Thanks again for the help.
     
  5. KyleGS

    KyleGS Second Unit

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    How do you like the sound of the ruler flat reponse when listening to music (things like current pop and rock music)? If you don't mind me asking...[​IMG]
     
  6. Wayne A. Pflughaupt

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    It’s not flat, Kyle. There is a 6dB slope from 100 to 22Hz.

    Which brings me to what I was going to mention to George. That’s a pretty shallow house curve. Unless you have a huge space (significantly greater than 6000 cubic ft.) you probably need a steeper slope.

    If you have some sine-wave test tones, play one at about 100Hz, and another at 32Hz. They should both sound (not measure) like they are at the same volume. If 32Hz sounds weaker, you might try increasing your slope.

    Also, does this chart show response of just the sub, or with the L/R mains on? If the former, you should take final measurements and make final EQ adjustments with both operating.

    Regards,
    Wayne A. Pflughaupt
     
  7. Zack_R

    Zack_R Stunt Coordinator

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  8. KyleGS

    KyleGS Second Unit

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    Well that's pretty flat by *my* standards. I was just curious how such a response sounds on current popular music. I hear many people complain about relatively flat reponses sounding "sterile" with no personality.
     
  9. GeorgeS

    GeorgeS Extra

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    Wayne, Kyle, Zack -

    The listening/viewing area is part of a larger space that opens to a loft via a very-nearby stairwell. For the purposes at hand the 'space' is probably on the order of 4800 cubic feet.

    Yes, its a fairly shallow boost, but it was set deliberately. I used the process you suggested, comparing 100/56/32. It was a bit of a pain switching back and forth and I'll probably burn a cd that has alternating tones on it to facilitate the process. When we were comparing perceived tone levels my wife consistently reported stronger perceived levels on the low tones when I set them to what I thought sounded flat. Given the expenditures and 'redecorating' I've done with the system, I figured I would defer to her conservative assessment.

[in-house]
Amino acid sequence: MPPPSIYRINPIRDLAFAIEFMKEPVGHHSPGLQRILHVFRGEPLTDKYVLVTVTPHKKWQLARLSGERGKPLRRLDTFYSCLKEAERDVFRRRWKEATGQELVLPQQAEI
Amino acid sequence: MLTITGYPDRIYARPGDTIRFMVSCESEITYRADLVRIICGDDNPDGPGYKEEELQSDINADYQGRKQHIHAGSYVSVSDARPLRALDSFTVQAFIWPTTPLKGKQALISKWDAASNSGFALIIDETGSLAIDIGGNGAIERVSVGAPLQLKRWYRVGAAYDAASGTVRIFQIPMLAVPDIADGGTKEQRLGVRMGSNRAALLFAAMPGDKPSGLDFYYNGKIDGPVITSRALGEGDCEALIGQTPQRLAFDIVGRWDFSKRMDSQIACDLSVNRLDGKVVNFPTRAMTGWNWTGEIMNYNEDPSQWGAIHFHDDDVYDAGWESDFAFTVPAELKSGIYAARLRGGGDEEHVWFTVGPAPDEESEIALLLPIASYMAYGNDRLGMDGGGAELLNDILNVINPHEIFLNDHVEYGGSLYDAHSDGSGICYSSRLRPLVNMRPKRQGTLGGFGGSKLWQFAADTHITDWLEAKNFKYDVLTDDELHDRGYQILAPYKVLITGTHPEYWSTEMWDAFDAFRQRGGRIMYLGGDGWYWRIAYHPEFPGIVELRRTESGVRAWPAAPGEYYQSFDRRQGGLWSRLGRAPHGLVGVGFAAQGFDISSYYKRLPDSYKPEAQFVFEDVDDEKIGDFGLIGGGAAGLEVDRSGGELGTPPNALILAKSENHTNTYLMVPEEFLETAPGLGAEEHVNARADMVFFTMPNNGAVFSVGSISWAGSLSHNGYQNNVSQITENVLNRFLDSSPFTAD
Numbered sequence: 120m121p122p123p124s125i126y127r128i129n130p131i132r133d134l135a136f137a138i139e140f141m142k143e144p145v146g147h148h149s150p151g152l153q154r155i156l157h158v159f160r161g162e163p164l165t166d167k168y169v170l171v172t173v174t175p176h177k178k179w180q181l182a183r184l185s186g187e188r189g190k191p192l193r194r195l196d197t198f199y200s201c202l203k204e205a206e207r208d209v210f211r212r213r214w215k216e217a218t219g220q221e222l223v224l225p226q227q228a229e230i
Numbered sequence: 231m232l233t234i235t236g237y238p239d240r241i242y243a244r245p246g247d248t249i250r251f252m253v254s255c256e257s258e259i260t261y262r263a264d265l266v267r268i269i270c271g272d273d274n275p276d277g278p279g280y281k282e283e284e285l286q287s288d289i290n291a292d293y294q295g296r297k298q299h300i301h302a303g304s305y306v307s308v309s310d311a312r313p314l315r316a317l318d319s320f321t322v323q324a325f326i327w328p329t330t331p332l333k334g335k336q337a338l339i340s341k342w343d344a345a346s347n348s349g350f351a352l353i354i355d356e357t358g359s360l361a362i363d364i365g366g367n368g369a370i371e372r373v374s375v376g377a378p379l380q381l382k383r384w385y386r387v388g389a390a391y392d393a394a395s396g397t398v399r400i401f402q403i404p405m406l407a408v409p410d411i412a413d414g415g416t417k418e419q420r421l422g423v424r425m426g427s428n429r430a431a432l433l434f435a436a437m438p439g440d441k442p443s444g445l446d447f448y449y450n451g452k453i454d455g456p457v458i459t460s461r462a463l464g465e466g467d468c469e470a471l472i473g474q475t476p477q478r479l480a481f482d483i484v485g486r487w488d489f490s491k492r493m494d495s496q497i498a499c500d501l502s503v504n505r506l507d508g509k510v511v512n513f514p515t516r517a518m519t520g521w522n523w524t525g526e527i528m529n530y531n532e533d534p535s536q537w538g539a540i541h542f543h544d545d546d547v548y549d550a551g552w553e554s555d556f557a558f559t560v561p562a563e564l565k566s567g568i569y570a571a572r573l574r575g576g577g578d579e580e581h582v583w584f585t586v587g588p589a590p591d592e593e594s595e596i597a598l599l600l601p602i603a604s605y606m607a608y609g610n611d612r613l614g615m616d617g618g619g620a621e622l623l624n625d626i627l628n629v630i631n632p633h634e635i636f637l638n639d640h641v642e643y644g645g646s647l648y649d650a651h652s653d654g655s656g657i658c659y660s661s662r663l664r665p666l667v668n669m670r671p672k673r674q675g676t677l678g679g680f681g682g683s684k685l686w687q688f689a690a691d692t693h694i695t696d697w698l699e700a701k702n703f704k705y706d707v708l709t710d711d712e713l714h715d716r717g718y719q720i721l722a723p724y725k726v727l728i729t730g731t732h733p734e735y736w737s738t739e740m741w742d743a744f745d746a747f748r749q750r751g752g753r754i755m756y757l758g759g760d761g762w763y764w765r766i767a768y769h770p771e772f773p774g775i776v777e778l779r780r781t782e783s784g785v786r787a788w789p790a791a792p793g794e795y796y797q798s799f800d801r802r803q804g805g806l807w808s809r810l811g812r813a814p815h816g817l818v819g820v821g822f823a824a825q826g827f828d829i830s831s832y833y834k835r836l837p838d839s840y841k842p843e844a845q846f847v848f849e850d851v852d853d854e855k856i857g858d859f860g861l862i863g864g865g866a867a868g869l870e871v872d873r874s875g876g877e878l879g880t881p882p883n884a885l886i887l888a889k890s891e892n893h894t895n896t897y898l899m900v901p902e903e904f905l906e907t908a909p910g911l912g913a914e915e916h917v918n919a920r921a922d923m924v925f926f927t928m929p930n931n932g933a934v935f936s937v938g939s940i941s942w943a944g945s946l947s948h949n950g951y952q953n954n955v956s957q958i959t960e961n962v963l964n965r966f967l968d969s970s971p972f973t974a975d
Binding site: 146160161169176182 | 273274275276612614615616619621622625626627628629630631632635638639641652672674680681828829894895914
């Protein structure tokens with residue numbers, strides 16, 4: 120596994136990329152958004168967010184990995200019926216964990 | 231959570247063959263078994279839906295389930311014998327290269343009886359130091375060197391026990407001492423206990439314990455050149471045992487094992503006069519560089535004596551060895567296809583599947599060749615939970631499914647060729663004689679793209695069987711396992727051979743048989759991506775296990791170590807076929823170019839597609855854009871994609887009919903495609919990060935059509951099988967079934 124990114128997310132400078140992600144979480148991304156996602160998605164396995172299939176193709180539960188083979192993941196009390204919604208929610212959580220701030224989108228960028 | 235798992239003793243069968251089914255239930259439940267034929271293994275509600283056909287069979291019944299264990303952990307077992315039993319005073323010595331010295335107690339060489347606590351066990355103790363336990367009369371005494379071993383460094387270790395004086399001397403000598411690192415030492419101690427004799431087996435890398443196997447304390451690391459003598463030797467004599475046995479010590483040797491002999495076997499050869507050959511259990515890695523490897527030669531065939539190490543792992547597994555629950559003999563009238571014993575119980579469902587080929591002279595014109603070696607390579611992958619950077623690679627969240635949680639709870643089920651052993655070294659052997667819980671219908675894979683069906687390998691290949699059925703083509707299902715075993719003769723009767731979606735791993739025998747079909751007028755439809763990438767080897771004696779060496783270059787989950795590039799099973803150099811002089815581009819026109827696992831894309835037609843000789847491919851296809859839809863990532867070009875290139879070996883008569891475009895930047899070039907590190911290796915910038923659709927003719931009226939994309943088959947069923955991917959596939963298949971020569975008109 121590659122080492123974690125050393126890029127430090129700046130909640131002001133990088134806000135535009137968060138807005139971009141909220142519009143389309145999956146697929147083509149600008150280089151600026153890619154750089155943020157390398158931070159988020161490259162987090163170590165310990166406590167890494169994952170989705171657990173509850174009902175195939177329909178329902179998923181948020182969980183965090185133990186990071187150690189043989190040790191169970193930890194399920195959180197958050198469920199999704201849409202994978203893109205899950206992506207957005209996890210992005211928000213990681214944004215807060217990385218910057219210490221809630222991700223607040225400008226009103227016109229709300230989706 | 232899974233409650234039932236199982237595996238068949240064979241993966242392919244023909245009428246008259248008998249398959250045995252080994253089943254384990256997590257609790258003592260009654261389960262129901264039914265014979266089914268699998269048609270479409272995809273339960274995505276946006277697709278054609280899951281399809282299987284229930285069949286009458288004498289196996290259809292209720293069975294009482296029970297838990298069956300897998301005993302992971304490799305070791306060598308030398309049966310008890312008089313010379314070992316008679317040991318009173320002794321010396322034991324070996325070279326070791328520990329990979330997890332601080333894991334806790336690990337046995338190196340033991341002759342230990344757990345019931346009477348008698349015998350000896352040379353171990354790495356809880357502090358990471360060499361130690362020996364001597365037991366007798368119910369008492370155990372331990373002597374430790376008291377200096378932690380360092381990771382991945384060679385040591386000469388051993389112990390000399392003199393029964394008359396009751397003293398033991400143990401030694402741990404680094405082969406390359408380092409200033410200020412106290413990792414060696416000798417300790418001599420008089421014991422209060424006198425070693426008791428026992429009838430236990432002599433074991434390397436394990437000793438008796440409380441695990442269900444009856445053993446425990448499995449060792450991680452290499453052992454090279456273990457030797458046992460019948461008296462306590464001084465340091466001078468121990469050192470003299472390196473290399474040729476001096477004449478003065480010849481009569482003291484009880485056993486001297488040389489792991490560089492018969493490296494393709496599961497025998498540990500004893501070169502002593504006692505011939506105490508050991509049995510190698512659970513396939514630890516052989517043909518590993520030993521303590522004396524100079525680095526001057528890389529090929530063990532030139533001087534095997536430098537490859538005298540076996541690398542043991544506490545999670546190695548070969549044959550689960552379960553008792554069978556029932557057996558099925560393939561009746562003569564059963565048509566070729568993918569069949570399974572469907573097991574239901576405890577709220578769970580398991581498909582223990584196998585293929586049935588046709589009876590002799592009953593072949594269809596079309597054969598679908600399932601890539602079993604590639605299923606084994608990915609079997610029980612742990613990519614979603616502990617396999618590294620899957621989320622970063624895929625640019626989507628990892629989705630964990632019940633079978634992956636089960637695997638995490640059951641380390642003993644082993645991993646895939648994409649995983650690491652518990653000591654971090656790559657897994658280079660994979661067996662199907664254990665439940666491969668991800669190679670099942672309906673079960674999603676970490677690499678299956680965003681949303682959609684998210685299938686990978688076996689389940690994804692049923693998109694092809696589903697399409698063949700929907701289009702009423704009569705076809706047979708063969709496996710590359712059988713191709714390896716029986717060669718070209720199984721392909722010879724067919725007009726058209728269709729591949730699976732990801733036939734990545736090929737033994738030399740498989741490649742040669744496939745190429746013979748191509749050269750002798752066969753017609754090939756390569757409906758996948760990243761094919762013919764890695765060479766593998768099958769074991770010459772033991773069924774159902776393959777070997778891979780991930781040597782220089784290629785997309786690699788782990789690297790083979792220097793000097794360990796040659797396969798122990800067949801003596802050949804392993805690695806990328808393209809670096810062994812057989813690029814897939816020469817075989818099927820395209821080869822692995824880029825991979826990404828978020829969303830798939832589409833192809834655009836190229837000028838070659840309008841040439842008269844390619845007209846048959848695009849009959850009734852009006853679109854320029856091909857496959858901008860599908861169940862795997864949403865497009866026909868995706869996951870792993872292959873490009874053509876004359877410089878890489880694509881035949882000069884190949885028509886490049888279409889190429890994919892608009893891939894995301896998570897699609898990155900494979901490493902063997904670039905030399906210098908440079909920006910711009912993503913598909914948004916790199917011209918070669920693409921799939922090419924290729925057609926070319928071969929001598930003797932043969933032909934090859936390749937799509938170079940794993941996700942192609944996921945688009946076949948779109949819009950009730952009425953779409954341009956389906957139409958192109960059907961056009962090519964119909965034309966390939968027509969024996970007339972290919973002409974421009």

My feeling is that its a little flat for rock and pop, but I don't really listen to that much. Kick drum/slam fans would probably want a steeper curve, but I've been pleased with the sound for classical and some of the other music we listen to (e.g. Lorena Mckennitt, King's Choir around Christmas, ...), although this is the only system I've ever had of any quality. I thought we'd listen to it 'mild' for a while and boost it later for ht if we wanted a little more 'oomph'. A friend was over last night for 'show and tell'. He was very impressed. I'm not sure what changed her opinion but my wife now seems to agree with my original assessment that it could use a few more db boost.

    This was one of the reasons I posted, but I didn't want to color the feedback by asking to have my own opinion validated - figured I'd see who said what unprompted. Thanks for the feedback.

    That was the other reason I posted. I appreciate the support getting it set up and wanted to 'report back' with the results. Thanks again.
     
  10. GeorgeS

    GeorgeS Extra

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    BTW: the mains are operating above. I measured higher but didn't post that part of the graph as I haven't worked on anything but the sub.

    BTWBTW: my test cd has 'warble tones' in addition to the 'regular' tones I've been using to take measurements. I surmise from their presence that they have value, but have to admit I don't know what it would be (variation reduces obnoxious standing waves??) Anyway, open to any enlightenment here as well.

    Thanks
     
  11. Stephen Dodds

    Stephen Dodds Second Unit

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    Warble tones are supposed to reduce room effects, which makes them less than useful for checking room response [​IMG].

    Personally, I wouldn't touch that response. It might sound a tad light at low volume levels, but unless you want to a 'loudness' curve it seems very accurate.

    Steve
     
  12. Wayne A. Pflughaupt

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    Zack,

     
  13. BruceD

    BruceD Screenwriter

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    George,

     
  14. Zack_R

    Zack_R Stunt Coordinator

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    Yes, I agree there's no universal standard for the way recordings are made. You would think, to a small degree, kick drums should sound fairly similar from band to band. I have a few CDs where all you here is the foot pedal striking the drum and no accompanying bass.

    It would be interesting to note if George has calibrated his flat bass line with his main speakers (such as the avia 5.1 sub test). If the calibration is a little under it may account for why the bass seems anemic. If it is flat and the bass sounds anemic it may have something to do with the house curve effect.